Lonnie Holley’s critically admired art practice spans painting, drawing, assemblage sculpture, sandstone carvings, and performance that combines experimental music and poetry.
Born in 1950 in Jim Crow-era Birmingham, Alabama, as the seventh of 27 children, Holley had a difficult childhood, working from the age of five in various jobs—picking up trash at a drive-in movie theater, washing dishes, cotton picker, grave digger, short order cook at Disney World. His itinerant childhood, living across the South and in various precarious circumstances, was chaotic, leaving a deep imprint on his work.
Holley made his first sculptures when he carved tombstones for nieces who perished in a house fire in 1979. Over the following years, he devoted himself to making sculptures that populated his property near Birmingham, eventually bringing some of his sandstone works to the director of the Birmingham Museum of Art. After his inclusion in the benchmark exhibition Souls Grown Deep: African American Vernacular Art of the South, organized by William Arnett in 1996, Holley’s work began to attract attention beyond Alabama. He soon became one of the foremost artists of the Afro-Atlantic aesthetic that blossomed across the Southern United States.
Holley’s Birmingham art environment was destroyed in 1997. In 2010, he settled in Atlanta, Georgia, where he lives and works today. While he has been making music most of his adult life, his career as a performing artist did not begin until he began professionally recording his music in 2006. Since then, Holley has recorded five studio albums. His latest record, a collaboration with Matthew E. White and entitled Broken Mirror: A Selfie Reflection, was released in early April 2021. Holley has toured the world with various musicians; his ever-evolving compositions and lyrics which are improvised and morph with each concert and recording.
Curated by Alison M. Gingeras, Lonnie Holley: Tangled Up in de Kooning’s Fence will be on view at South Etna Montauk’s gallery space between May 1 and August 29, 2021. The exhibition coincides with Everything That’s Not White, Holley’s solo exhibition currently on view at the Parrish Art Museum in Watermill. Both exhibitions will feature a range of paintings, sculptures, and works on paper that Holley made over the course of his residency on the East End.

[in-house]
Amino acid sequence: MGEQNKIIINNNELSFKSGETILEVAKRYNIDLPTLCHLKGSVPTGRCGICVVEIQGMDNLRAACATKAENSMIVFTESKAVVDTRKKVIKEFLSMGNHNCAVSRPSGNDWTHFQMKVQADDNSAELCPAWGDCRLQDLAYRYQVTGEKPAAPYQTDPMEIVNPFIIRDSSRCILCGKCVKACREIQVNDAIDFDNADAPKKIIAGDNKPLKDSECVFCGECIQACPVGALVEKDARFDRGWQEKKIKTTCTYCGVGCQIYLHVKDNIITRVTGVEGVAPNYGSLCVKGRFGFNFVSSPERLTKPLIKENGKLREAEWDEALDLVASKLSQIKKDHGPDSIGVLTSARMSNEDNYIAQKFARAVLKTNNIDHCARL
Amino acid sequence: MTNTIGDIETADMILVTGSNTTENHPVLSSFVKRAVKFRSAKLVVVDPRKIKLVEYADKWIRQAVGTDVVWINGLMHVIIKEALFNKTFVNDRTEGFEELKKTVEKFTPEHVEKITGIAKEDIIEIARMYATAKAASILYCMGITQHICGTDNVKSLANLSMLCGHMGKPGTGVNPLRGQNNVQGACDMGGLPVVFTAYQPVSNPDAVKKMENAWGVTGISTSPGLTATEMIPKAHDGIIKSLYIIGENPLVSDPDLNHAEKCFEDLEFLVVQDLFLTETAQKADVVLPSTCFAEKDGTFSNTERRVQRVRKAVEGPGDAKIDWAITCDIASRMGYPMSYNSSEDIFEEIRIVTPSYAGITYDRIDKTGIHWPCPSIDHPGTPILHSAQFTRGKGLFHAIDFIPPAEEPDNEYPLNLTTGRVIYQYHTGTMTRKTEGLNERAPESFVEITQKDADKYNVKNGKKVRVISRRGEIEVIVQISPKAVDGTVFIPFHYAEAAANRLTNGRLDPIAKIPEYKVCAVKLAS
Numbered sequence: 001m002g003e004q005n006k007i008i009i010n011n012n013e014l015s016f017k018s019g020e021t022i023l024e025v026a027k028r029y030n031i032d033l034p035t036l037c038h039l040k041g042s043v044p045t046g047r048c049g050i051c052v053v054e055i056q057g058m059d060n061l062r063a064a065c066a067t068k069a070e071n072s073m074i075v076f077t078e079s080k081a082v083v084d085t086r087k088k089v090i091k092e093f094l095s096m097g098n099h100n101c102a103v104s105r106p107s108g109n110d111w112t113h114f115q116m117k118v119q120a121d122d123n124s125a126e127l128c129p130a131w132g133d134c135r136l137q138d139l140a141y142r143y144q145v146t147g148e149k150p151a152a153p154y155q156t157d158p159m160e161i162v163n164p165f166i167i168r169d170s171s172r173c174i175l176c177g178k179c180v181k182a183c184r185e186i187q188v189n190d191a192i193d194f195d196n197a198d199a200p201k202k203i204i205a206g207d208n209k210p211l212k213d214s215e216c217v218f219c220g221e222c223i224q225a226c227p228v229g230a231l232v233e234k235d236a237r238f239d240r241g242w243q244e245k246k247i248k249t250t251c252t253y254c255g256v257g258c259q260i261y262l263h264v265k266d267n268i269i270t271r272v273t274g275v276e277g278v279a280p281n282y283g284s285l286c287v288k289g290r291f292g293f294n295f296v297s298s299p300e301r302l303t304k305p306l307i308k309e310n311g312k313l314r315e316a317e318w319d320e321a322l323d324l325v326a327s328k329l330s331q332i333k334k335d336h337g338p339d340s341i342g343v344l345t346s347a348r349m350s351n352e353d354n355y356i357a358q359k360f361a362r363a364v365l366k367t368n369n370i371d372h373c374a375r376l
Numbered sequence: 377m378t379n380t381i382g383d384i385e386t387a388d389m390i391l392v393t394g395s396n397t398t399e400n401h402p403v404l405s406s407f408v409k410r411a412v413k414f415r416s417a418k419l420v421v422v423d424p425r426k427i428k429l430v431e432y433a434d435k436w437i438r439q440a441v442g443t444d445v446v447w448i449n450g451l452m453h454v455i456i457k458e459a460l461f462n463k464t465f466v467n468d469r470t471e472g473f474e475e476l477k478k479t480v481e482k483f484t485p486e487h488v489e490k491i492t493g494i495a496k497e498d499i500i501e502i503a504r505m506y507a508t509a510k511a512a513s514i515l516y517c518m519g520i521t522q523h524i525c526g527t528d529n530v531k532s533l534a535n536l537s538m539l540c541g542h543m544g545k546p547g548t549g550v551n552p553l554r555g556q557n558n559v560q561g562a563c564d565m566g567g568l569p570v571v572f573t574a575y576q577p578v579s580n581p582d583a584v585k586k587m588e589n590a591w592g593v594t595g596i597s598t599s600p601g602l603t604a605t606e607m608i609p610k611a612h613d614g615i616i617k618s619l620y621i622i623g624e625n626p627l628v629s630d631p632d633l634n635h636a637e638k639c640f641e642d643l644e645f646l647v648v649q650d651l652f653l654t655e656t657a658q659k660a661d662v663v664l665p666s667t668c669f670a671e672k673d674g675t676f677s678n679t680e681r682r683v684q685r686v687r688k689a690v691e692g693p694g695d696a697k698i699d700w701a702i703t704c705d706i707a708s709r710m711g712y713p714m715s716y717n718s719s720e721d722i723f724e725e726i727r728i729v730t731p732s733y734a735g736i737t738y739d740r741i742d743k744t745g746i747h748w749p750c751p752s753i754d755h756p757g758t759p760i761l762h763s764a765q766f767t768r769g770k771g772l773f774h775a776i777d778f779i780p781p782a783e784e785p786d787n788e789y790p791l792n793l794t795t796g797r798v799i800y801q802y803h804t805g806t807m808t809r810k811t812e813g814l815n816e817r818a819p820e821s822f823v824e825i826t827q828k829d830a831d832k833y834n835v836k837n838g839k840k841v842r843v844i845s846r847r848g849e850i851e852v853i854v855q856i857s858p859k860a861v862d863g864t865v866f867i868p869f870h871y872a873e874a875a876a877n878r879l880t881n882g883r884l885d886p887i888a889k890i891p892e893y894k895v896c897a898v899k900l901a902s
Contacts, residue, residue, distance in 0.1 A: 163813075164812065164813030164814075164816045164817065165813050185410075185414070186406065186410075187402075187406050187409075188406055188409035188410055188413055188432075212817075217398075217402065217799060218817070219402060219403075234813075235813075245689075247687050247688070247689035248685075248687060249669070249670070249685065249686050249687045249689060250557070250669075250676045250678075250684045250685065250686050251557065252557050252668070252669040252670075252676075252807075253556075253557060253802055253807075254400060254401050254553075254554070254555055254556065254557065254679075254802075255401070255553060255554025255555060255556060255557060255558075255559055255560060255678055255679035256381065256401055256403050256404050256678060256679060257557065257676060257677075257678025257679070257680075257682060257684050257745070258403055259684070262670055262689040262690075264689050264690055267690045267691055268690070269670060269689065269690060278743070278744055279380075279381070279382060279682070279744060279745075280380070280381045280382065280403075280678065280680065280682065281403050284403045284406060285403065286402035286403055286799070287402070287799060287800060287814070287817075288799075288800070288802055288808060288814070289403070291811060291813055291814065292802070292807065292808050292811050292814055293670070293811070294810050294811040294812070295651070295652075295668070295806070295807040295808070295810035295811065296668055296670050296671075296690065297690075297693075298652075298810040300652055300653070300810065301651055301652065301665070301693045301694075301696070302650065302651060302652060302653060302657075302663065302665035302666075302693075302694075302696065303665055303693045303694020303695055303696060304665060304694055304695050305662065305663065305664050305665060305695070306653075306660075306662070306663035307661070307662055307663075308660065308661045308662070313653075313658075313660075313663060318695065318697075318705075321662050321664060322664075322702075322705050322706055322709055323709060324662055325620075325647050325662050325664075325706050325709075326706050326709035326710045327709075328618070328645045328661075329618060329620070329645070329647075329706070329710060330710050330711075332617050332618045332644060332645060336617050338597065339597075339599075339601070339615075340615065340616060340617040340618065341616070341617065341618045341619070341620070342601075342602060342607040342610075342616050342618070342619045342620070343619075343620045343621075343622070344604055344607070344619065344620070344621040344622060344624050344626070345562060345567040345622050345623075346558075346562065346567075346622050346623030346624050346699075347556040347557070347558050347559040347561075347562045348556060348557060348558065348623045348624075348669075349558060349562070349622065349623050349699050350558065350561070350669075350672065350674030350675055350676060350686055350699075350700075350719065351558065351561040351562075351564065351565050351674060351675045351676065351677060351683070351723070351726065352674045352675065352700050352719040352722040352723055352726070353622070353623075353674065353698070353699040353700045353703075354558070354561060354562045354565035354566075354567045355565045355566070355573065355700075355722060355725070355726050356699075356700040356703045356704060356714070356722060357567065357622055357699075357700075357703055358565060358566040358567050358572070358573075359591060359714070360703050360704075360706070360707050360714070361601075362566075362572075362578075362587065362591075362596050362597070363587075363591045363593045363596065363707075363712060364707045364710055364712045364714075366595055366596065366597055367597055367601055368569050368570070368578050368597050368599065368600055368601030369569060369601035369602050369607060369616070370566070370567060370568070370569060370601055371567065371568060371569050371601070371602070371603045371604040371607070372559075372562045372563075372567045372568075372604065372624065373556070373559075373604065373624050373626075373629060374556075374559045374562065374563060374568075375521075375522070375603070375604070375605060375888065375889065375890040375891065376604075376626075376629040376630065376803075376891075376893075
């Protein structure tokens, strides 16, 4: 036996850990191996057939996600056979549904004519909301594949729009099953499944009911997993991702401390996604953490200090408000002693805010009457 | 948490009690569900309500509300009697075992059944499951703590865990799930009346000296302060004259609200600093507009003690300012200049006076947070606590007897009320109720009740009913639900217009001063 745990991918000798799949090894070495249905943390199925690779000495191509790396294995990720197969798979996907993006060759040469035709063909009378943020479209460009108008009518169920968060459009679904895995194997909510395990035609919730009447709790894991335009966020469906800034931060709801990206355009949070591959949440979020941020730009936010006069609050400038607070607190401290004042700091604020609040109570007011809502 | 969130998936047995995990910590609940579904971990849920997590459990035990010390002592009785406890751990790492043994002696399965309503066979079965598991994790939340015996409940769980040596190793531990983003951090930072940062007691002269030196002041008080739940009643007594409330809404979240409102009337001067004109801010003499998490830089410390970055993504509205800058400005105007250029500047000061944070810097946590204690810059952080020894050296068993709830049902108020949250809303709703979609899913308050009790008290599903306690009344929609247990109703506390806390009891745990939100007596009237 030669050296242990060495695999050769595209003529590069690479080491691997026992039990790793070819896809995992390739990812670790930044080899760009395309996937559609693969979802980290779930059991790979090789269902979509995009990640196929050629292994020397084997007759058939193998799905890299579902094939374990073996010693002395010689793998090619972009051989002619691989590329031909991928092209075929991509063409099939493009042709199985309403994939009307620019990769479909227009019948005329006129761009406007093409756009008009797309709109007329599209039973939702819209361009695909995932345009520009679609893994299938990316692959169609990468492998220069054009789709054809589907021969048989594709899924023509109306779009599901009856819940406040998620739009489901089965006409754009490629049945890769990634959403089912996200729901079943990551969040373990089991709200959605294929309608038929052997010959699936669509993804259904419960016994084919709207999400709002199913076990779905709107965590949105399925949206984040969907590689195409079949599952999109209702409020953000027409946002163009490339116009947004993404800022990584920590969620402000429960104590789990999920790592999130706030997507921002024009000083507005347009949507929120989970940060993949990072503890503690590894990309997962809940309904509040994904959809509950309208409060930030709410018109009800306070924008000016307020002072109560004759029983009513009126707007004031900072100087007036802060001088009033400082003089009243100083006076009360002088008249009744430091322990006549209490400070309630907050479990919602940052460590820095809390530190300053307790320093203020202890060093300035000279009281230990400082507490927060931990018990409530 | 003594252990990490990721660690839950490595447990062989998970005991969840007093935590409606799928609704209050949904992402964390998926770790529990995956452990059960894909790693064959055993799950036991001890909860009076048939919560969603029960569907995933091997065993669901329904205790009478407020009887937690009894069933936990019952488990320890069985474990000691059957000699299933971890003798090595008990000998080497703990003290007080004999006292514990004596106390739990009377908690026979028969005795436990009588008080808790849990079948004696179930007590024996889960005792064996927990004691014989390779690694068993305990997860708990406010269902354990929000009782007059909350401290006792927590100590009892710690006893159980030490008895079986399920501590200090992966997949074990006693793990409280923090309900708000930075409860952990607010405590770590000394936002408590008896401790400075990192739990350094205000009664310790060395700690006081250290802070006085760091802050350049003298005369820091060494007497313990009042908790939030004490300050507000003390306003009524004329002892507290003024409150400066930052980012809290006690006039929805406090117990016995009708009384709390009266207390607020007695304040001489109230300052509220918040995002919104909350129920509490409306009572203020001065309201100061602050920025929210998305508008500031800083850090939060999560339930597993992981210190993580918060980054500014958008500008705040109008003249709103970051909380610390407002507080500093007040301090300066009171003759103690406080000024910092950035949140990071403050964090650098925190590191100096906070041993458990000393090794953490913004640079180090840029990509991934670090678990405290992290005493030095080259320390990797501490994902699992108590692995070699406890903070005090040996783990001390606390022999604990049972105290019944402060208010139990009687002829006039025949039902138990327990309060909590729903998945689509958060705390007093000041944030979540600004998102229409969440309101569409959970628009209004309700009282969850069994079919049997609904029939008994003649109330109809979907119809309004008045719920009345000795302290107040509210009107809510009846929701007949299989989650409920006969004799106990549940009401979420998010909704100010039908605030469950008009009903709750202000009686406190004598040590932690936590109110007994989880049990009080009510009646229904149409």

Lonnie Holley (b. Birmingham, AL, 1950) lives and works in Atlanta, Georgia. His work is represented in the permanent collections of the Metropolitan Museum of Art, New York, NY; Whitney Museum of American Art, New York, NY; Los Angeles County Museum of Art, Los Angeles, CA; and Smithsonian American Art Museum, Washington, D.C., among many other museums. Selections of his oeuvre have been featured in institutional group exhibitions including at the Philadelphia Museum of Art, Philadelphia, PA (2020); Metropolitan Museum of Art, New York, NY (2018); MASS MoCA, North Adams, MA (2017); de Young Museum, San Francisco, CA (2017); Austin Museum of Art, Austin, TX (2006); Birmingham Museum of Art, Birmingham, AL (2003); New Orleans Museum of Art, New Orleans, LA (1993); among many others. Holley’s work has been the subject of solo exhibitions including Atlanta Contemporary Art Center, Atlanta, GA (2017); Halsey Institute of Contemporary Art; Charleston, SC (2015); Birmingham Museum of Art, Birmingham, AL (2004). Holley has been the subject of several documentary films, and his own directed short film I snuck off the slave ship premiered at Sundance in 2018.